So with regards to the above, I’ve compiled The Best Postcard Records Album In The World…Ever. Every a-side and b-side ever released on the label, from Orange Juice’s rare as funk debut (even Edwyn Collins doesn’t have a copy) to Aztec Camera’s non-album Mattress Of Wire. And everything in between, from Antipodean brothers in arms the Go Betweens to Edinburgh’s answer to the Glasgow Glamsters, Josef K.  Every track wrapped in eczema-like scratchy guitars, elastic band basslines and vocals just on the wrong side of tuneful. Well. Almost every track. Roddy Frame uses, gasp! – acoustic guitars! He sings in tune! He’s a precocious 16 year old genius. The fucker! It’s the Sound Of Young Scotland y’know!


Here’s what you get:

 Orange Juice
Falling And Laughing / Moscow / Moscow Olympics 
 Orange Juice
 Blue Boy / Love Sick 
 Josef K
 Radio Drill Time / Crazy To Exist 
 Go Betweens
 I Need Two Heads / Stop Before You Say It 
 Josef K
 It’s Kinda Funny / Final Request 
 Orange Juice
 Simply Thrilled Honey / Breakfast Time 
 Orange Juice
 Poor Old Soul / Poor Old Soul (pt2) 
 Aztec Camera
 Just Like Gold / We Could Send Letters 
 Josef K
 Sorry For Laughing / Revelation 
 Josef K
 Chance Meeting / Pictures 
 Orange Juice
 Wan Light (unreleased)/ You Old Eccentric (not on compilation)
Aztec Camera
Mattress Of Wire / Lost Outside The Tunnel

 Why the small writing? Pain in the arse, man.

Download includes exclusive Plain Or Pan artwork.



Cover Versions, Hard-to-find

Special K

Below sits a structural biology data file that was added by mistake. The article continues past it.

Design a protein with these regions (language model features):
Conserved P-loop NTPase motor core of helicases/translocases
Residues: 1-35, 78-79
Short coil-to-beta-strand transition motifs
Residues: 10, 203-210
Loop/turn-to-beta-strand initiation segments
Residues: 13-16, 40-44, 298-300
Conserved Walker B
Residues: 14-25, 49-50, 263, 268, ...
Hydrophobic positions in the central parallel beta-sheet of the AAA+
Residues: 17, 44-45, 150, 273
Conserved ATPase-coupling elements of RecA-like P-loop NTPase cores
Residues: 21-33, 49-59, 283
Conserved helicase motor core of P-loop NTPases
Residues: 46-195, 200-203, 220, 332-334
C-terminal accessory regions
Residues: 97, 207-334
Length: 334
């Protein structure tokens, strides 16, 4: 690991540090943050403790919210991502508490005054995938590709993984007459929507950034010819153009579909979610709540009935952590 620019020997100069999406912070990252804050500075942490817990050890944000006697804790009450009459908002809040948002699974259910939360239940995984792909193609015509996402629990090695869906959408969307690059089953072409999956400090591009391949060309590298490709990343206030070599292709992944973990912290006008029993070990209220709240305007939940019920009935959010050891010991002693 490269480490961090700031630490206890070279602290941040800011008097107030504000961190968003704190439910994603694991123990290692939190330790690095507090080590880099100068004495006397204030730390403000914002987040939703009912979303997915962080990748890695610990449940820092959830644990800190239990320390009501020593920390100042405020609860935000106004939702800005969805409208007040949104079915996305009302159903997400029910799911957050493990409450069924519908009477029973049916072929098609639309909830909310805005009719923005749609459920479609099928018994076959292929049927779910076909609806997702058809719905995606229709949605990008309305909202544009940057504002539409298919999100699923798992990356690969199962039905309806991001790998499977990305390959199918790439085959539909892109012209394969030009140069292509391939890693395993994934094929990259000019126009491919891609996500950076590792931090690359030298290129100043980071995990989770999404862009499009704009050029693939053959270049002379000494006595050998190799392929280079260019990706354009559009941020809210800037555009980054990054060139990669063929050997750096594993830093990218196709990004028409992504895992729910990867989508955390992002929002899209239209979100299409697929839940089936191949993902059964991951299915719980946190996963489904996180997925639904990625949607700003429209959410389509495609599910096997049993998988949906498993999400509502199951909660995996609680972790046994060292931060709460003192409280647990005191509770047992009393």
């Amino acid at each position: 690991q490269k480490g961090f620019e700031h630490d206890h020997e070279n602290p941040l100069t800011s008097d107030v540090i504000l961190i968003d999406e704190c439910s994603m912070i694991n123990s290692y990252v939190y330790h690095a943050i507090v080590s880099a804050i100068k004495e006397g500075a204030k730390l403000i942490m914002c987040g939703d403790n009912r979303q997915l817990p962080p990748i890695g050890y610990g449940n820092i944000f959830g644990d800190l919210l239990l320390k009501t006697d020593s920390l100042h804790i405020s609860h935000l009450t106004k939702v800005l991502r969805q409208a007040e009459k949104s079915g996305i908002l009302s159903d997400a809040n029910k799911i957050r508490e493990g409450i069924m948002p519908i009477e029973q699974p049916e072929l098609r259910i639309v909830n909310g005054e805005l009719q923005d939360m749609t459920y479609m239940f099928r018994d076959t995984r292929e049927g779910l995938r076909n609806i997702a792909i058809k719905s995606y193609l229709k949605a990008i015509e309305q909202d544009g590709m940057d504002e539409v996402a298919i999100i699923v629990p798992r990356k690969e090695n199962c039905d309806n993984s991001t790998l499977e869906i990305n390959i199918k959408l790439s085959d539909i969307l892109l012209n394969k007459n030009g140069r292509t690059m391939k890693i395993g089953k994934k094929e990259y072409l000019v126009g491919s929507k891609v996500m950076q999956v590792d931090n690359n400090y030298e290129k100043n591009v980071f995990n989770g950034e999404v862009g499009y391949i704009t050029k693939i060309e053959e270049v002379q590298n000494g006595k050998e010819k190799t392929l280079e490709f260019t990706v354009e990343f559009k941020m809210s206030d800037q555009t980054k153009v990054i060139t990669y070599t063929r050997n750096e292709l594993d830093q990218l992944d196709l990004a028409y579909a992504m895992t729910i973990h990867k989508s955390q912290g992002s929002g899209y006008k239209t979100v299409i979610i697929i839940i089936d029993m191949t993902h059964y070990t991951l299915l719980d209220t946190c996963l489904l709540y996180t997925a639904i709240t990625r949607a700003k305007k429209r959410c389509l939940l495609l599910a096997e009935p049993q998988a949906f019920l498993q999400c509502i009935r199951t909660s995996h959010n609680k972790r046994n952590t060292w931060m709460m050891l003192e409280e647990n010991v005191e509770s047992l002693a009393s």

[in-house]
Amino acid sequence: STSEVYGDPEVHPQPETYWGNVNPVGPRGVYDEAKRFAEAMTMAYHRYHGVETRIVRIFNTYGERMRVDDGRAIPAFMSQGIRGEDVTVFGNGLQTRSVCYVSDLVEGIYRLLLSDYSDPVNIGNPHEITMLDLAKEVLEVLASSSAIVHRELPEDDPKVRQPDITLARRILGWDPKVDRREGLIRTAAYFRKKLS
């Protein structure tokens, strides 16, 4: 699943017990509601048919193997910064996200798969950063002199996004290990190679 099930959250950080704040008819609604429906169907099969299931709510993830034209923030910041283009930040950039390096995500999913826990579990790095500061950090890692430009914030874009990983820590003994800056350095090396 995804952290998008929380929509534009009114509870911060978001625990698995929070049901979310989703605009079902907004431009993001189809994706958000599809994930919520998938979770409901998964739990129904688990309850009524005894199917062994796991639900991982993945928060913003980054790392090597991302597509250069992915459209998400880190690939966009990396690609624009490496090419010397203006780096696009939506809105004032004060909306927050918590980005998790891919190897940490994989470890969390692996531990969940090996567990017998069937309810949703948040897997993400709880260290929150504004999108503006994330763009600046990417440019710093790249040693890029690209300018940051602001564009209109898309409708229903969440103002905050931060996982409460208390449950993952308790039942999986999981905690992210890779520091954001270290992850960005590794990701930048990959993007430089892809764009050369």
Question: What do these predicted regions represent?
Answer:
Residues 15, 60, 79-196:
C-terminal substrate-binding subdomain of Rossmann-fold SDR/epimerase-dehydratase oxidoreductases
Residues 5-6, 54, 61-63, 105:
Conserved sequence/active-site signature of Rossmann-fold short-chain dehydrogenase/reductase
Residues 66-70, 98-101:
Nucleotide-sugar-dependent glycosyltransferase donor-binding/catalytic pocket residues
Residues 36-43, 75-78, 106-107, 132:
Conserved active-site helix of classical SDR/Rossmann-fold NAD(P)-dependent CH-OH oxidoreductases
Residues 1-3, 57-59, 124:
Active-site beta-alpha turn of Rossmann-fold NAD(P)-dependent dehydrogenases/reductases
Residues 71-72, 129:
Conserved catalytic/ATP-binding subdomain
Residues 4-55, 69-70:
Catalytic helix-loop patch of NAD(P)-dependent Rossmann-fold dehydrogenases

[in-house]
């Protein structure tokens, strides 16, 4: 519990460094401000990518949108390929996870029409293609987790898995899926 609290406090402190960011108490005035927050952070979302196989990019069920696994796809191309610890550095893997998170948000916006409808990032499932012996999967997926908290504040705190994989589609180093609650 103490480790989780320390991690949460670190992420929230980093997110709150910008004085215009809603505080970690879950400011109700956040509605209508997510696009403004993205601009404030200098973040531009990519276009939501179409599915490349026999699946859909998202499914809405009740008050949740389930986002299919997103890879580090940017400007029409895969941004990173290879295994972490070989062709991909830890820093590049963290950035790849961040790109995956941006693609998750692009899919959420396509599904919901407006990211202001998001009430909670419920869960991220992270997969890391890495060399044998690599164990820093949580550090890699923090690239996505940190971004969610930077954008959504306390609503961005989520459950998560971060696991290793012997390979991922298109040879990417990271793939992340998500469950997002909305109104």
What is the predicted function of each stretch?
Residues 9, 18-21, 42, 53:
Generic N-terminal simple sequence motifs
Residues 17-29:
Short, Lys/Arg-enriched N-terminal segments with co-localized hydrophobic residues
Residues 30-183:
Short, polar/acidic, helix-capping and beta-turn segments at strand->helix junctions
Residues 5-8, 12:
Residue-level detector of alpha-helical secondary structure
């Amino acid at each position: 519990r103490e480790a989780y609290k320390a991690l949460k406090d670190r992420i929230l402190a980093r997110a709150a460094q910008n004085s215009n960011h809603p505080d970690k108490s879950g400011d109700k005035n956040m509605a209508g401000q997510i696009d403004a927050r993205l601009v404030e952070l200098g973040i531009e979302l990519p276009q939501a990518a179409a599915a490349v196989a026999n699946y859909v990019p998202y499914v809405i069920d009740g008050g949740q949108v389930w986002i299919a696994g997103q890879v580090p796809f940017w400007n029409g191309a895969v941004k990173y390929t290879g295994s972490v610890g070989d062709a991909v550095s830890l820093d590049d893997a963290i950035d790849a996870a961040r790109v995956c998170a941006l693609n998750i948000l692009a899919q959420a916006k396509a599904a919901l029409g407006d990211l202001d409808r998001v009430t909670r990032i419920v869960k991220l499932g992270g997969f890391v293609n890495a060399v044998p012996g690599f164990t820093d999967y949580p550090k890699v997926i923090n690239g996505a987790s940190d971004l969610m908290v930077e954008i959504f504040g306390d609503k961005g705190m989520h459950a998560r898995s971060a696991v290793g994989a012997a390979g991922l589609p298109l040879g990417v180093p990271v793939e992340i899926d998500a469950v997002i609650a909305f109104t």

JC over at the Vinyl Villain has, like many of us in the blogosphere recently, been the target of the DMCA. Quite rightly I suppose, the DMCA have the authority to remove music files and shut your blog down if you are clearly flouting copyright laws by sharing copyrighted material. This very blog nearly shut down over Christmas due to the severity of attention I was receiving, but thankfully this attention has subsided over the past few months. JC on the other hand is being targetted fairly frequently these days. On one occassion, a track by Paul Haig was removed without him knowing, despite the fact that the track in question was owned by the artist himself and not the record company as the DMCA thought. A couple of quick emails back and forwards to Paul Haig’s management later and JC was able to re-post the track. You can read more about it here. In Mr Haig’s honour, JC has asked the blogging community to stand as one in solidarity, with a cheeky Ferguson-McGregor two-fingered salute to any nit-picking internet fascists who may be lurking. Aye! You can count me in! Here at Plain Or Pan?,  Monday 6th April 2009 is officially Paul Haig Day.